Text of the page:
Two years ago, I built a Go AI on a 13x13 board on our AI course. To be honest, our AI is really weak compared to human. Of cause, this AlphaGo is really great, but I still don’t think it’s a big improvement as people ‘scared’ about.
Backgrounds: Policy means what to play for next move. Value means for current board state, I will win or not. Monte Carlo Tree Search is say, instead of search the whole tree(tree of moves), we explore in a certain depth and a certain breadth, and evaluate each move according to the rollouts of all the following moves. Rollouts mean I randomly (or in some policy) play the game, and return the final result of the game.
I believe there has been a lot of posts about Go AI introduction.
There are some novel points in this paper: value network. They use value network to assist the rollouts.(I think it could work in a better way, it’s not a intuitively ‘correct’ way to use value network.) And reinfocement Learning policy network, but it’s funny.
Let’s what are not decent in this paper.
They use fast policy function. This is used when they are doing rollouts. This function is not a neural network, insteand, it’s a linear function, which is a naive way to do rollouts.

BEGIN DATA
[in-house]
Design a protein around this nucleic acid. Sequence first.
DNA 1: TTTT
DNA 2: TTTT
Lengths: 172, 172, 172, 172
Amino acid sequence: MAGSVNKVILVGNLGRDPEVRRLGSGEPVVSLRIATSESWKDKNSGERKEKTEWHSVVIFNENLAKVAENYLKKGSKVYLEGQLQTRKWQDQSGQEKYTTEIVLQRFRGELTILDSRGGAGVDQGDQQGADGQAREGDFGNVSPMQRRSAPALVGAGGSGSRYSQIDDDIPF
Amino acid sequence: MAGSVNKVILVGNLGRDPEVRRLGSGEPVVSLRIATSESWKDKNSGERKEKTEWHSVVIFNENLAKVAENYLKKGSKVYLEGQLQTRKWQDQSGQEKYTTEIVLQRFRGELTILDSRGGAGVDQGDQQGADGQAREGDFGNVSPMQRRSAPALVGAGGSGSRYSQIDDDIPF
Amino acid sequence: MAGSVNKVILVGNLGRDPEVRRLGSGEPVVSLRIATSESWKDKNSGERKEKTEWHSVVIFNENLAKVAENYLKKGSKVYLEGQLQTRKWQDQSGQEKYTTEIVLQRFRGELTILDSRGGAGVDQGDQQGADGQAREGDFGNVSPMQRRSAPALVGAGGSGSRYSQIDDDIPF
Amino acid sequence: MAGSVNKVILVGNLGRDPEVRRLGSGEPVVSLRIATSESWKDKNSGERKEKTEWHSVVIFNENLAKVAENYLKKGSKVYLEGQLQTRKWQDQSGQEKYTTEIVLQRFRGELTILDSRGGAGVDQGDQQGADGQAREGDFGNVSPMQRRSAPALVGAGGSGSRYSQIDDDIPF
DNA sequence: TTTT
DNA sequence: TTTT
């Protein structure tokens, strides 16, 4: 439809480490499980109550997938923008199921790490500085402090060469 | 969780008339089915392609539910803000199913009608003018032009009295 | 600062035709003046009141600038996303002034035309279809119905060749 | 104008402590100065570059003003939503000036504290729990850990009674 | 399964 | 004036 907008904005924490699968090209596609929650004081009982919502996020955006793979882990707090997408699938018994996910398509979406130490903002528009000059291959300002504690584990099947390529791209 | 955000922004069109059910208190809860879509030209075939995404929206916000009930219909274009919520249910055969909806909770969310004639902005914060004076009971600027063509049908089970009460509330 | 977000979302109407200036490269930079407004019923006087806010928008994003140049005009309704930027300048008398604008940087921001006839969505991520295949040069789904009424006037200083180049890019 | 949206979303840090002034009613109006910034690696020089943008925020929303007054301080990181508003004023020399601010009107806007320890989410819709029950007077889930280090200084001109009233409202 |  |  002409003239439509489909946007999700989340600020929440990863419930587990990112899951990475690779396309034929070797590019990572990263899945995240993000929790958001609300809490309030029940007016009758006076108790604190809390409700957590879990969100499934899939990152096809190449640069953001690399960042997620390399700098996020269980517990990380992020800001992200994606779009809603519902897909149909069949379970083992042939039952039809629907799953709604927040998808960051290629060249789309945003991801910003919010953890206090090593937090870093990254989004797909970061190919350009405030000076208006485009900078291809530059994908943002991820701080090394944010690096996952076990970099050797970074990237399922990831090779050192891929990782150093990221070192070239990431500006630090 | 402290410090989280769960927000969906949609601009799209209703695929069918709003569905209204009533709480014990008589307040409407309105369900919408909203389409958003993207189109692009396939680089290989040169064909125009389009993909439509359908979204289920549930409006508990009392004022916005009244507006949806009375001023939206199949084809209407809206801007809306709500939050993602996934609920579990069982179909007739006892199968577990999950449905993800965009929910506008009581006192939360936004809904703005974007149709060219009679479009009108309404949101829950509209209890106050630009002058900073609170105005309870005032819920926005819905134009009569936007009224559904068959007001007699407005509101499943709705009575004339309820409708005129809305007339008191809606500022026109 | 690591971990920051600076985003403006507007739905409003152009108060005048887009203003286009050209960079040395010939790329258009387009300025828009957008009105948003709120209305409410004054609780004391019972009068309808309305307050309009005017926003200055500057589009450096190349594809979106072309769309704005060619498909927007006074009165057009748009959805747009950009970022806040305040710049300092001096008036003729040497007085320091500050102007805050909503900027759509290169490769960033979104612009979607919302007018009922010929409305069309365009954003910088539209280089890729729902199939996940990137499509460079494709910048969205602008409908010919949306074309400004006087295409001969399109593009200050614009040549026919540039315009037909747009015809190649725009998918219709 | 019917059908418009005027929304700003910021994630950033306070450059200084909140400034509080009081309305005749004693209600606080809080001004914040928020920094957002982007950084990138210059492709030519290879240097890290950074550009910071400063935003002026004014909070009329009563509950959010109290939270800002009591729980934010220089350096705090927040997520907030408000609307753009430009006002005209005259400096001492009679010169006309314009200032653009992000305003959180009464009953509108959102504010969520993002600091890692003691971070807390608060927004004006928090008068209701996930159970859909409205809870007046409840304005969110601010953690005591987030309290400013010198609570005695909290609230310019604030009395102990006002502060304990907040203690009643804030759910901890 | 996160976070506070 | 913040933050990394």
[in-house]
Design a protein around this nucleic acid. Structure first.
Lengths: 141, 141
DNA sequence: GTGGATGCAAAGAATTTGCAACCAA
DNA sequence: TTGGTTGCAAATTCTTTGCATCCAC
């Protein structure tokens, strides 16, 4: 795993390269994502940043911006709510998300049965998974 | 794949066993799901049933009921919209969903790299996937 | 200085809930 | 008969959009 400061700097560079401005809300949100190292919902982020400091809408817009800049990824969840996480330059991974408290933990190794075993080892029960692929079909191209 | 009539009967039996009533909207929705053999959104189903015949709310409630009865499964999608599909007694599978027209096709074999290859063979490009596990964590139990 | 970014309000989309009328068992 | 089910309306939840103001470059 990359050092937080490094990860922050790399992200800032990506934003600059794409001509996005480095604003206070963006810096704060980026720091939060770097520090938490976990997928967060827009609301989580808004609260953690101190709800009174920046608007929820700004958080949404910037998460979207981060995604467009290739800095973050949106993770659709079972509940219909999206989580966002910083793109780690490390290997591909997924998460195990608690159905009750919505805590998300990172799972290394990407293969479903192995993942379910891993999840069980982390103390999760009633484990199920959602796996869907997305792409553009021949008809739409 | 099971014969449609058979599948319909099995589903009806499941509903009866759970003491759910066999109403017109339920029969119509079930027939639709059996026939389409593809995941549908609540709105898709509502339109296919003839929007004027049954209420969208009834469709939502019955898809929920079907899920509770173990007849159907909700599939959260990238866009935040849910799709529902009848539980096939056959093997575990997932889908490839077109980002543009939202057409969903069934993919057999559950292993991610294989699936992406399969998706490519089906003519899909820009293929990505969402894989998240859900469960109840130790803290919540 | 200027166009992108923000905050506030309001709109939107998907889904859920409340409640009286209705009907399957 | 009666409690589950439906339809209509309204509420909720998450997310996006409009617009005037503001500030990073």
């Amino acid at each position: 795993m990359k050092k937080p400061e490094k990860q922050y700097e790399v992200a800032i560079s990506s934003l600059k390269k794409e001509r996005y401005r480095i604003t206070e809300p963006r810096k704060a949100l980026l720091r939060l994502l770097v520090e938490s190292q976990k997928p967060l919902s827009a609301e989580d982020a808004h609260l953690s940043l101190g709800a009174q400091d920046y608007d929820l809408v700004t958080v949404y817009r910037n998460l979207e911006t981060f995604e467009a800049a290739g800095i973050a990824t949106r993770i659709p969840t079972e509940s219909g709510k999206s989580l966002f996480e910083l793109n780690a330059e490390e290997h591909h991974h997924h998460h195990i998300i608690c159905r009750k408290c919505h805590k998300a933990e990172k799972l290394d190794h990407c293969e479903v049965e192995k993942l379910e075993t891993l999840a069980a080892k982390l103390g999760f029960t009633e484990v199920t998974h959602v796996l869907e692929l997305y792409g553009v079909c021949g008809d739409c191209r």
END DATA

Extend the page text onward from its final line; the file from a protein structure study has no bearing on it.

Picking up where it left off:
Secondly, they use value networks combined with rollouts, but in the graph, the value networks works better than rollouts. But the results show combination makes it more powerful. Wierd.
Google are talking about their AI is learning by itself. However, in the paper, the RL network is not used in the match system. Of cause they used it for training value network, but it’s wierd to say they can self-learn.
Features they use. For board, they use multiple handcrafted features, liberty, captures, etc. Although they said raw board can also work better than other system, but it’s still not decent.
Google is too rich. They are using 1200+ CPUs and 176 GPUs. I think it’s powerful in much sense because of these hardwares.
Of course, it does show some progression. It shows that the deep neural network can has some intuition for search, have a sense of board state like human. But I don’t think it’s more exciting to me than image caption generation.